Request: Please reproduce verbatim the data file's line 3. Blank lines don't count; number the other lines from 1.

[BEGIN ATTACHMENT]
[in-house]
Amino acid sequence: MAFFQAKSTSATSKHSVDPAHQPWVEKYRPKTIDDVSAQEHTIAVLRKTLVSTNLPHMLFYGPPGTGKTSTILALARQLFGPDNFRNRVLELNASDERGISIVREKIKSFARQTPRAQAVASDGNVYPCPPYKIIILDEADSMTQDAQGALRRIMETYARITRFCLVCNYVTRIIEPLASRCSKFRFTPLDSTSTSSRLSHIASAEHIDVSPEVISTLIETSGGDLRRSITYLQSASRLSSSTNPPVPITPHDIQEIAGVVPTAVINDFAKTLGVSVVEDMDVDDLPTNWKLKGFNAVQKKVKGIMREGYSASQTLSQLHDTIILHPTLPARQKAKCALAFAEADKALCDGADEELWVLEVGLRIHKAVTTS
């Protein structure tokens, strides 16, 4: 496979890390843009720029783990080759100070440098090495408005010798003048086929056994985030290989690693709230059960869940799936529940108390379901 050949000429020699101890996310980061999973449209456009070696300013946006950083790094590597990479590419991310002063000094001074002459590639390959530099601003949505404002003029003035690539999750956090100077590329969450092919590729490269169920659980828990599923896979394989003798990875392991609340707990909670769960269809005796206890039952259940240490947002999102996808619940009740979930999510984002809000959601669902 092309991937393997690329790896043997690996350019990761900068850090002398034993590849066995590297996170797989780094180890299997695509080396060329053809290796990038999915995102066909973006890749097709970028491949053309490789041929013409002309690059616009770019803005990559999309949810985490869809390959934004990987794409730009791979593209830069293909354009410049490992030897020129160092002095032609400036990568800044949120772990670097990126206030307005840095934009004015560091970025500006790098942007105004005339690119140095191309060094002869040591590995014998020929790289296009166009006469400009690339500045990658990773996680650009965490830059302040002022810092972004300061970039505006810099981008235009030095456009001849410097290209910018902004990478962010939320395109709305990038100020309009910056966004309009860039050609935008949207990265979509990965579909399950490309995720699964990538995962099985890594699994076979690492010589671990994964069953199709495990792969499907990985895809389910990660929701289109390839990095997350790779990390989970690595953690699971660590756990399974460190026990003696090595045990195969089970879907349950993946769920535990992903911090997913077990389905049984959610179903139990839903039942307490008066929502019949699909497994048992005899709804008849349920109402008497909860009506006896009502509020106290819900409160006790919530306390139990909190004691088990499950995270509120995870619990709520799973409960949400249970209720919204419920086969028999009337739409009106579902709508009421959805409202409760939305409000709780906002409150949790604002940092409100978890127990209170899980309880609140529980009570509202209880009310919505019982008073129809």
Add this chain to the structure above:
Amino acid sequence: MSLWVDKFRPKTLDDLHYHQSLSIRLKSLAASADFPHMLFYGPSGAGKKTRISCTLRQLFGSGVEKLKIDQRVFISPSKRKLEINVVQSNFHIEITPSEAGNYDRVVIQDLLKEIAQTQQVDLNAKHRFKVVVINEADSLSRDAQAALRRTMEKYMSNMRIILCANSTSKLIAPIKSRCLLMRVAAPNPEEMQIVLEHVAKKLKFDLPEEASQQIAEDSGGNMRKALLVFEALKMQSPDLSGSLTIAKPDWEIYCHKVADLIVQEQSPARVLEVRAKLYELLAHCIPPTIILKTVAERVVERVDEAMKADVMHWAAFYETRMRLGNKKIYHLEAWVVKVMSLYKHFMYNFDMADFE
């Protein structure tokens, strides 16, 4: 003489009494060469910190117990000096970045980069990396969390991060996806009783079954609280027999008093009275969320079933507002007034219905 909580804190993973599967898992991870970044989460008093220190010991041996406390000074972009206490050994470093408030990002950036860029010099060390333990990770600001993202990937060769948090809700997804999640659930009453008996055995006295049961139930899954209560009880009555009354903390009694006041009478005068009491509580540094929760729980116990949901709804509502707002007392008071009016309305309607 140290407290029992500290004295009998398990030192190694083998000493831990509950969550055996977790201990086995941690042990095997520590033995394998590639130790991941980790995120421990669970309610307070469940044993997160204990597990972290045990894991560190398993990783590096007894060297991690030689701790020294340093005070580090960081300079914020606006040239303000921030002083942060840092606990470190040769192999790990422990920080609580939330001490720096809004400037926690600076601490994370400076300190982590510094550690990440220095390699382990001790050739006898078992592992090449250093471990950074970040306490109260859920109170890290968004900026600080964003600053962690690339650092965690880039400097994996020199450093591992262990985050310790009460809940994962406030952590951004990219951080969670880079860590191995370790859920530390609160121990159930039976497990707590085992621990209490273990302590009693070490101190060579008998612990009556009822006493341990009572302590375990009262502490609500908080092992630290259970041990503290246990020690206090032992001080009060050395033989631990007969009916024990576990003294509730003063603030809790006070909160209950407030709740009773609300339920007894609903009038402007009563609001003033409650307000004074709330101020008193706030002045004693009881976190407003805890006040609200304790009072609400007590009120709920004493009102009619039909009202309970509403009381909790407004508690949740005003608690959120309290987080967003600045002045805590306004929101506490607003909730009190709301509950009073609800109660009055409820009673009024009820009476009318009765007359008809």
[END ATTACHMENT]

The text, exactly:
């Protein structure tokens, strides 16, 4: 496979890390843009720029783990080759100070440098090495408005010798003048086929056994985030290989690693709230059960869940799936529940108390379901 050949000429020699101890996310980061999973449209456009070696300013946006950083790094590597990479590419991310002063000094001074002459590639390959530099601003949505404002003029003035690539999750956090100077590329969450092919590729490269169920659980828990599923896979394989003798990875392991609340707990909670769960269809005796206890039952259940240490947002999102996808619940009740979930999510984002809000959601669902 092309991937393997690329790896043997690996350019990761900068850090002398034993590849066995590297996170797989780094180890299997695509080396060329053809290796990038999915995102066909973006890749097709970028491949053309490789041929013409002309690059616009770019803005990559999309949810985490869809390959934004990987794409730009791979593209830069293909354009410049490992030897020129160092002095032609400036990568800044949120772990670097990126206030307005840095934009004015560091970025500006790098942007105004005339690119140095191309060094002869040591590995014998020929790289296009166009006469400009690339500045990658990773996680650009965490830059302040002022810092972004300061970039505006810099981008235009030095456009001849410097290209910018902004990478962010939320395109709305990038100020309009910056966004309009860039050609935008949207990265979509990965579909399950490309995720699964990538995962099985890594699994076979690492010589671990994964069953199709495990792969499907990985895809389910990660929701289109390839990095997350790779990390989970690595953690699971660590756990399974460190026990003696090595045990195969089970879907349950993946769920535990992903911090997913077990389905049984959610179903139990839903039942307490008066929502019949699909497994048992005899709804008849349920109402008497909860009506006896009502509020106290819900409160006790919530306390139990909190004691088990499950995270509120995870619990709520799973409960949400249970209720919204419920086969028999009337739409009106579902709508009421959805409202409760939305409000709780906002409150949790604002940092409100978890127990209170899980309880609140529980009570509202209880009310919505019982008073129809």